ONEONTA — Oneonta swore in its first city manager at a special meeting of the Common Council on Friday. Michael H. Long, 56, city administrator of Poughkeepsie, will start the $115,000-a-year position by Oct. 1.
The post was created by the city charter that voters approved in November and took affect Jan. 1. The city’s Common Council Human Resource Committee, chaired by Maureen Hennessy, worked with a national recruiter and city personnel director Kathy Wolverton, to narrow the 50 applicants for the post to three finalists. They were interviewed about two weeks ago by a group that included council members, department heads and representatives from the community.
Oneonta Mayor Dick Miller said in a statement: “When we met with Michael, everyone was extremely impressed with his credentials. We moved forward expeditiously. He was a consummate professional and has the perfect background for the job.”
Long will take over the day-to-day operations of running the city, Miller said. This leaves Miller to serve as the head of government for all official and ceremonial purposes, preside over the Common Council, and other duties spelled out in the charter.
Long serves at the pleasure of the council and Miller will be his principal liaison and work with the council to establish performance objectives for the manager.
Long holds a bachelor’s and master’s degree in landscape architecture from the State University of New York College of Environmental Science at Syracuse. He holds a Master’s of Arts in Public Administration from the Maxwell School of Citizenship and Public Affairs at Syracuse University.
He has served in his current position since 2008. Before that, he held positions of increasing responsibility in the Cayuga County Planning Board and for the city of Auburn over a 28-year span, according to a city media release.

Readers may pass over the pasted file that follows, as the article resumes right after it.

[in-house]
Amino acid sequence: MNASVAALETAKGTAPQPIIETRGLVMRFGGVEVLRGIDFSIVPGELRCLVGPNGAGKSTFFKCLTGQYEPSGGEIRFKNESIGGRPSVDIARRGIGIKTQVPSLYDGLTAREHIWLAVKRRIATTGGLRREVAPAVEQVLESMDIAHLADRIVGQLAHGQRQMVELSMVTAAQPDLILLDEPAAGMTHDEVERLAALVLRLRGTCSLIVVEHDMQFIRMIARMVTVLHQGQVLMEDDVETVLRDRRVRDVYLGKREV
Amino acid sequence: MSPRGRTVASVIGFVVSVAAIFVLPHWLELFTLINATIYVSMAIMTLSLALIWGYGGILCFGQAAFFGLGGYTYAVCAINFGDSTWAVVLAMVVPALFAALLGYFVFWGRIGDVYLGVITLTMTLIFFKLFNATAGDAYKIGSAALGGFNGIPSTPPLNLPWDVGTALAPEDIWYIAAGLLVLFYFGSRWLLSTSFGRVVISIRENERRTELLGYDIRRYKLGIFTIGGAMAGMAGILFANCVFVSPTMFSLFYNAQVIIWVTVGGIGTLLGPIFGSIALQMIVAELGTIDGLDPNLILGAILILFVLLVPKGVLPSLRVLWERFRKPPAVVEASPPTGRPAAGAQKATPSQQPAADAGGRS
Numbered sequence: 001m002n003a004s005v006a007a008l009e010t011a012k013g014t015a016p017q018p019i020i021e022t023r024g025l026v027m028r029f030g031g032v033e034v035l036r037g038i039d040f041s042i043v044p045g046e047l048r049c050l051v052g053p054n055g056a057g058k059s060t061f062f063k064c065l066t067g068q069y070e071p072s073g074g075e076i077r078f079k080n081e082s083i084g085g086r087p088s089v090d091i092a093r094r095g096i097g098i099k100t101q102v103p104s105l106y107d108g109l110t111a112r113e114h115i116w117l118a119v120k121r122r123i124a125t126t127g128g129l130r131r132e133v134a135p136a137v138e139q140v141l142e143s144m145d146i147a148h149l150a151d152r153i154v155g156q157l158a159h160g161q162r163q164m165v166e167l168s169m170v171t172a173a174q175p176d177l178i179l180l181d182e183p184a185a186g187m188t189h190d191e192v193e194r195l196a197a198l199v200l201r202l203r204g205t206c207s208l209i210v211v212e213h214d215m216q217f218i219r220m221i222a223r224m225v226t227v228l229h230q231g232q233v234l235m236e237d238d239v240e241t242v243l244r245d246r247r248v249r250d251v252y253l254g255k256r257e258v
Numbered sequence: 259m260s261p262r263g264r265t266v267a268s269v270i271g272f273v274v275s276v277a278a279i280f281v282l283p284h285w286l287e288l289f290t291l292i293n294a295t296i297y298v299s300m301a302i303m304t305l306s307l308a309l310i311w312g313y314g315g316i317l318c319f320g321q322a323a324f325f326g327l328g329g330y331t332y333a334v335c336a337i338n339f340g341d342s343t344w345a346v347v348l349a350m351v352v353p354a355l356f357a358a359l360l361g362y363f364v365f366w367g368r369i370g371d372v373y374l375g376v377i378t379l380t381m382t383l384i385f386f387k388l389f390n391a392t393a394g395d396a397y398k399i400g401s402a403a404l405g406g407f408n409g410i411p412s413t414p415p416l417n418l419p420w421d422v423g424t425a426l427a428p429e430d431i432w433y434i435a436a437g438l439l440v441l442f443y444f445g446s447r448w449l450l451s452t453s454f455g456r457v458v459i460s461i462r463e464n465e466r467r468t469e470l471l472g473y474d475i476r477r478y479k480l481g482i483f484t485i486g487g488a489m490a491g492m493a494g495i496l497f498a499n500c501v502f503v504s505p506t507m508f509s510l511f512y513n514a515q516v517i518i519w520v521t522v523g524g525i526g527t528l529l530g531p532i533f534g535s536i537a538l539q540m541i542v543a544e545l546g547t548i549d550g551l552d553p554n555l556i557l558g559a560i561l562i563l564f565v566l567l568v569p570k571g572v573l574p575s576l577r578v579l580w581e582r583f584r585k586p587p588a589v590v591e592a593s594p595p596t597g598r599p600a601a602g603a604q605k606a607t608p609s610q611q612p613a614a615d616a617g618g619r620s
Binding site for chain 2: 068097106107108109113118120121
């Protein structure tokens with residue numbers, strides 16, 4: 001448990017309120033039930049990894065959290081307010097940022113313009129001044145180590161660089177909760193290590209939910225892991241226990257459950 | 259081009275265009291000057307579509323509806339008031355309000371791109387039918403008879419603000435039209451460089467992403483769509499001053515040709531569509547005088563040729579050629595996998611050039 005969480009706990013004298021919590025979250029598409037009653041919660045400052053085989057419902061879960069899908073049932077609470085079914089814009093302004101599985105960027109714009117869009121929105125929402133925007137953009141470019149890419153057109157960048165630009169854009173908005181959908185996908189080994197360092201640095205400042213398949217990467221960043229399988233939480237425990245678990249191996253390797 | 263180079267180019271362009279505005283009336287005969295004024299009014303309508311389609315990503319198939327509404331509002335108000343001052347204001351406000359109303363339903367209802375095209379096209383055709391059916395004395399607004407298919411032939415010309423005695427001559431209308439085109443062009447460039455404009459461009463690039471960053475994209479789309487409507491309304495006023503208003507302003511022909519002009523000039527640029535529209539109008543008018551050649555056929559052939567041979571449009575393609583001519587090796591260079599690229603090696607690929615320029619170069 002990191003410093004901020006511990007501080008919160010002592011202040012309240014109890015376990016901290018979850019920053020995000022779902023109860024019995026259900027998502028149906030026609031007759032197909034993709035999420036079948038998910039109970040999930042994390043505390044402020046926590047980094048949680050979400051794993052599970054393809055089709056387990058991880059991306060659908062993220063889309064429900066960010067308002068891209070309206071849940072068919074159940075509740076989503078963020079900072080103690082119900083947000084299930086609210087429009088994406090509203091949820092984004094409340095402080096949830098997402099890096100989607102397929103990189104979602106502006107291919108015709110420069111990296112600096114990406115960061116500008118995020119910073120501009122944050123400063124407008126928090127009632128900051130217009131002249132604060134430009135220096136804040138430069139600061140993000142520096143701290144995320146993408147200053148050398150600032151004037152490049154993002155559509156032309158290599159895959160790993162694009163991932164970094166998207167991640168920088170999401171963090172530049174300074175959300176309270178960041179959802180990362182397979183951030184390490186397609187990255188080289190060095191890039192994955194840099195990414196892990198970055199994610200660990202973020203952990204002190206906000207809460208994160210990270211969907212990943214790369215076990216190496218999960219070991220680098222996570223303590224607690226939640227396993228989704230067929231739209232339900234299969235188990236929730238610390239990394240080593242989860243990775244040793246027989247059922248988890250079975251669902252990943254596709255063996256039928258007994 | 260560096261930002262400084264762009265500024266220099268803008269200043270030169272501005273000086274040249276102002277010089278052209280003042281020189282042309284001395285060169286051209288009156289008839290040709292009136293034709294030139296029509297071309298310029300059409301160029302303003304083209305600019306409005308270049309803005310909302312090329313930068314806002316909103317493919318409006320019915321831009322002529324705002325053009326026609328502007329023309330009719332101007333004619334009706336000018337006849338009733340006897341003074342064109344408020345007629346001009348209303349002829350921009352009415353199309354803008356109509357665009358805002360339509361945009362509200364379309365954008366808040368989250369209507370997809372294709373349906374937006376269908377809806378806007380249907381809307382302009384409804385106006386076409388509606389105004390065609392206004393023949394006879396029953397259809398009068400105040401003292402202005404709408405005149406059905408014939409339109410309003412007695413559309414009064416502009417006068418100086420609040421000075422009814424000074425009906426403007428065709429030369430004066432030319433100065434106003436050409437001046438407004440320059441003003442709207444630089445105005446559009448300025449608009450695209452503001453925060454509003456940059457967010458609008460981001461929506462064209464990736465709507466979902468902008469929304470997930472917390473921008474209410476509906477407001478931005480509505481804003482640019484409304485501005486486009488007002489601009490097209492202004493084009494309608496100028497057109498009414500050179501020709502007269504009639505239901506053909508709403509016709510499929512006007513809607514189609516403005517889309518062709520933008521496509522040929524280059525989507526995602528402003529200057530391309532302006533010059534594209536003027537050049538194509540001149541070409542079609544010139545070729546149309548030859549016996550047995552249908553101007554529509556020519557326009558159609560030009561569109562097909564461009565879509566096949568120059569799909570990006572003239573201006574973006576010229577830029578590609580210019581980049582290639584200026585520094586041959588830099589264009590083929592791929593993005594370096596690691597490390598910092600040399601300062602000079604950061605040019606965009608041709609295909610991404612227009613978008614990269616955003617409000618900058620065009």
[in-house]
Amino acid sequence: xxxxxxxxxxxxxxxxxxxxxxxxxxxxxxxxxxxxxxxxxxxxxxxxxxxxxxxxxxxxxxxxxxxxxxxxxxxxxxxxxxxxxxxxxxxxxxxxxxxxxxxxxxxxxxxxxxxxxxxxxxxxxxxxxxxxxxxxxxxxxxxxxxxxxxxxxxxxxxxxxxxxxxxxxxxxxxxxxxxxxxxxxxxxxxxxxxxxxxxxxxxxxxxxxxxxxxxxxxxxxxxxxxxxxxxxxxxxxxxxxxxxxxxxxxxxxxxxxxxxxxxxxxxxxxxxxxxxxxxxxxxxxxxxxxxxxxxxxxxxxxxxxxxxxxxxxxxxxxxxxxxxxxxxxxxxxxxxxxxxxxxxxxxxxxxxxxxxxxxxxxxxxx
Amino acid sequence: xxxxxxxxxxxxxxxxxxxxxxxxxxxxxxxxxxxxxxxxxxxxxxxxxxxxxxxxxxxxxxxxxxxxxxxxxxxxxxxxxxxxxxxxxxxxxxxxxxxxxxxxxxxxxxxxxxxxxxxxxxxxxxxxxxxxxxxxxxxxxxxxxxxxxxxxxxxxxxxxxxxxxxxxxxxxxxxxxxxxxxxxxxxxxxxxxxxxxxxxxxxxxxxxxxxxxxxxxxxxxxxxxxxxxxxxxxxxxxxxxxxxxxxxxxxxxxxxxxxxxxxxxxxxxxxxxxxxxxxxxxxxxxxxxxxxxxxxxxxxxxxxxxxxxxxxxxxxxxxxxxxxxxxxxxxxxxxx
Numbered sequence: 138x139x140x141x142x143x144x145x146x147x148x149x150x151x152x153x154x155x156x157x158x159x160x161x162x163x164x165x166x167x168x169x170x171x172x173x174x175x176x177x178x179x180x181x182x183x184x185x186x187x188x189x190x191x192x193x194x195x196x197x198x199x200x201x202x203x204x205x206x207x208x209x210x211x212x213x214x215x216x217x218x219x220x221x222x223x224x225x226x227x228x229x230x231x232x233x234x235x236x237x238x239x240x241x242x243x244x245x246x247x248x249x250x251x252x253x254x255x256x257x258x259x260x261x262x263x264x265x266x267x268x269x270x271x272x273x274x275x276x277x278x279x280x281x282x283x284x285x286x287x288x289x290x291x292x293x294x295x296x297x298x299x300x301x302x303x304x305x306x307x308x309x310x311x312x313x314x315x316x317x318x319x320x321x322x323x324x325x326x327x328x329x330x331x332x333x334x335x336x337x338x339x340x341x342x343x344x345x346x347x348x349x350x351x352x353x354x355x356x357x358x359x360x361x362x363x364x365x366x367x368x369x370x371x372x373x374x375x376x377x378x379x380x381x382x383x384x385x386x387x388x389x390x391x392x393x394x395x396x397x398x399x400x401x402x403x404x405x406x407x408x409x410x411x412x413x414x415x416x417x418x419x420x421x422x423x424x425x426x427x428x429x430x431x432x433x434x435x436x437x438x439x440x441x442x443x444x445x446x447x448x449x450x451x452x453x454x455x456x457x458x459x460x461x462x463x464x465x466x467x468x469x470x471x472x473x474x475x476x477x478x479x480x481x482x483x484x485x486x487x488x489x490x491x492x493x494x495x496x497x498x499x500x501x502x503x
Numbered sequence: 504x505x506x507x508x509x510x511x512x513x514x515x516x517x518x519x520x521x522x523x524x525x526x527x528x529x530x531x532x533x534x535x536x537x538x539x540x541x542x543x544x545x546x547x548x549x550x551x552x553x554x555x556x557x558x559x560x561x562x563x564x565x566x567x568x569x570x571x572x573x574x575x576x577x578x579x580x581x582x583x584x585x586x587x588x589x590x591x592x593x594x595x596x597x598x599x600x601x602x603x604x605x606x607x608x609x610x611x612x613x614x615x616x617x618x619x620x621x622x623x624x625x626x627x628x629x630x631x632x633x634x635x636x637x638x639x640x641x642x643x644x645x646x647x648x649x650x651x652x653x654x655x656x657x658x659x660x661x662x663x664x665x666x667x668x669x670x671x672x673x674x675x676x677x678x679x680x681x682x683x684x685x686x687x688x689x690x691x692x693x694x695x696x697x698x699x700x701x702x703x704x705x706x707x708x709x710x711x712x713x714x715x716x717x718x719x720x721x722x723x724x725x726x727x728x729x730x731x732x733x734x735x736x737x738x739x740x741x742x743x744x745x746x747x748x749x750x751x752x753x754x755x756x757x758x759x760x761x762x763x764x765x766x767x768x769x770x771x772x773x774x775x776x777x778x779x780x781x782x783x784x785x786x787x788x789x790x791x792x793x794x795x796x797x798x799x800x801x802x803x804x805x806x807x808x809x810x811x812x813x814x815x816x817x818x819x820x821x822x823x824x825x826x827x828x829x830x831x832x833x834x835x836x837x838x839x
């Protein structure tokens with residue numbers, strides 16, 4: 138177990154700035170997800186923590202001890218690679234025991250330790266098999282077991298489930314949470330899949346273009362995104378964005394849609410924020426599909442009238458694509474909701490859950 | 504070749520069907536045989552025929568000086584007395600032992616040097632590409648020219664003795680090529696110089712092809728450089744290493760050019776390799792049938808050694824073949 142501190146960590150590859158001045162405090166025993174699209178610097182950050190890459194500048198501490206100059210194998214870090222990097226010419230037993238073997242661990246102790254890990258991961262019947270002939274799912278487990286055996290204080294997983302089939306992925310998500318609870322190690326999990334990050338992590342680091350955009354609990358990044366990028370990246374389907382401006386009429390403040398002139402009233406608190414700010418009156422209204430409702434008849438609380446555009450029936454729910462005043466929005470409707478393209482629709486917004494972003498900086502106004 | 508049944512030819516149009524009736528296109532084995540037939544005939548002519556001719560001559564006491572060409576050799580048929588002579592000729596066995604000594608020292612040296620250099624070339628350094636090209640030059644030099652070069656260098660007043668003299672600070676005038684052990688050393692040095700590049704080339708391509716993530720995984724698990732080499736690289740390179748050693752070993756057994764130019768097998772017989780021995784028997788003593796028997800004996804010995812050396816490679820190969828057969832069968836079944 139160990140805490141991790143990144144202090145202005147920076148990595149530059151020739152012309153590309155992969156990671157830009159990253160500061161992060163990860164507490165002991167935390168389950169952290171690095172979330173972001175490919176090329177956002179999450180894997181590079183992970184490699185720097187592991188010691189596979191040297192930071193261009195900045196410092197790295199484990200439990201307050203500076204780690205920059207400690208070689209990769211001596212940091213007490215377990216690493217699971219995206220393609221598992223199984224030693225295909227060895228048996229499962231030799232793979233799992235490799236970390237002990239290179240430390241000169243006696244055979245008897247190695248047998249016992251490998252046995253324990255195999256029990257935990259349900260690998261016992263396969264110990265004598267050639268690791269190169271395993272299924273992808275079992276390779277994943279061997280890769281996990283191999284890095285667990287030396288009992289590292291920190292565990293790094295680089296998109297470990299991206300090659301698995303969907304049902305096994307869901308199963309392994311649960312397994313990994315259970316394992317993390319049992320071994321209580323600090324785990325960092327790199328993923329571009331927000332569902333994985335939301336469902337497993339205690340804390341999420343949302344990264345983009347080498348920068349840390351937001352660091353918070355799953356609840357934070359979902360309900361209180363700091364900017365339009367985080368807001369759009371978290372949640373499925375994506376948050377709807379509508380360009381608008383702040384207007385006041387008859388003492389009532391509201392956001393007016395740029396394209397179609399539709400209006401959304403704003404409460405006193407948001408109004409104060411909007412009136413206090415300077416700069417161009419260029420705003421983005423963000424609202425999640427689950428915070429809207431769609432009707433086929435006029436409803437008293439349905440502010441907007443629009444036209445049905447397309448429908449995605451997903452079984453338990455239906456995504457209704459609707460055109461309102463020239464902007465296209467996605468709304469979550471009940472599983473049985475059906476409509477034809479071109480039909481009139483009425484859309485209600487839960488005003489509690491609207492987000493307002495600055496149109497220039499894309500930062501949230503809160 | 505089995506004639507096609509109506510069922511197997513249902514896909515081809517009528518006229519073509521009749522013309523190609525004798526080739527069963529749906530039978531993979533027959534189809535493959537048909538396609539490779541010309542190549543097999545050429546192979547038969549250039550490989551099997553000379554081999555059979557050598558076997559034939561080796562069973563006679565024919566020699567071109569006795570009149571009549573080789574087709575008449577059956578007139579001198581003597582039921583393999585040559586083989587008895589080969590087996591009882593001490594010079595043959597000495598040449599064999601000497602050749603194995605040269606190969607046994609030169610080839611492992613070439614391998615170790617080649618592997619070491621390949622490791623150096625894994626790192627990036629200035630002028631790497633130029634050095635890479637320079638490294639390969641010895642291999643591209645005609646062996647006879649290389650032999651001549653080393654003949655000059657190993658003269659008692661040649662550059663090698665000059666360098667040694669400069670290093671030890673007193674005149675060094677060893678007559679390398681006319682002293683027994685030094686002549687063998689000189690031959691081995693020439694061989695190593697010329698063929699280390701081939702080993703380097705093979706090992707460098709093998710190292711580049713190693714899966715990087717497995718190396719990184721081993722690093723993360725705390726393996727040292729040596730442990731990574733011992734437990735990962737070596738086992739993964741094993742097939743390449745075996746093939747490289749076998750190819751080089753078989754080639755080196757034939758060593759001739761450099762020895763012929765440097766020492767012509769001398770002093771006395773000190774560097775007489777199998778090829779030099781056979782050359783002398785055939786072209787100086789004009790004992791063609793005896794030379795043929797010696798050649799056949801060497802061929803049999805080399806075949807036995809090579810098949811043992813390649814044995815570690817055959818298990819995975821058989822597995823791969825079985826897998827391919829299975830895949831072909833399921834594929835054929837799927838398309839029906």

After he was sworn in, Long thanked the council for its vote of confidence. “You all work well together and focus on what’s best for Oneonta. This is what impressed me most. I’m glad to be here.”
Long said he took the new position because he was ready for a new challenge and noted the community spirit that he said will be helpful in tackling such issues as improving downtown.
“There’s a lot of opportunity here that can be met by setting priorities,” he said. His first step will be orienting himself to the position and spending time with council members and department heads to identify what each sees as important issues. In his first 30 days, he said, he expects to be able to set an action plan.
Long said that he is seeking an apartment in the city and will decide later on long-term living arrangements. The city charter does not require him to live in the city.
He was joined at the meeting by his wife, Diane Long, who is chair and associate professor of the department of occupational therapy at Ithaca College.
Miller said he was confident that Long will help the city achieve savings in operations and will help secure grants. “He will add value well beyond the cost of his position.”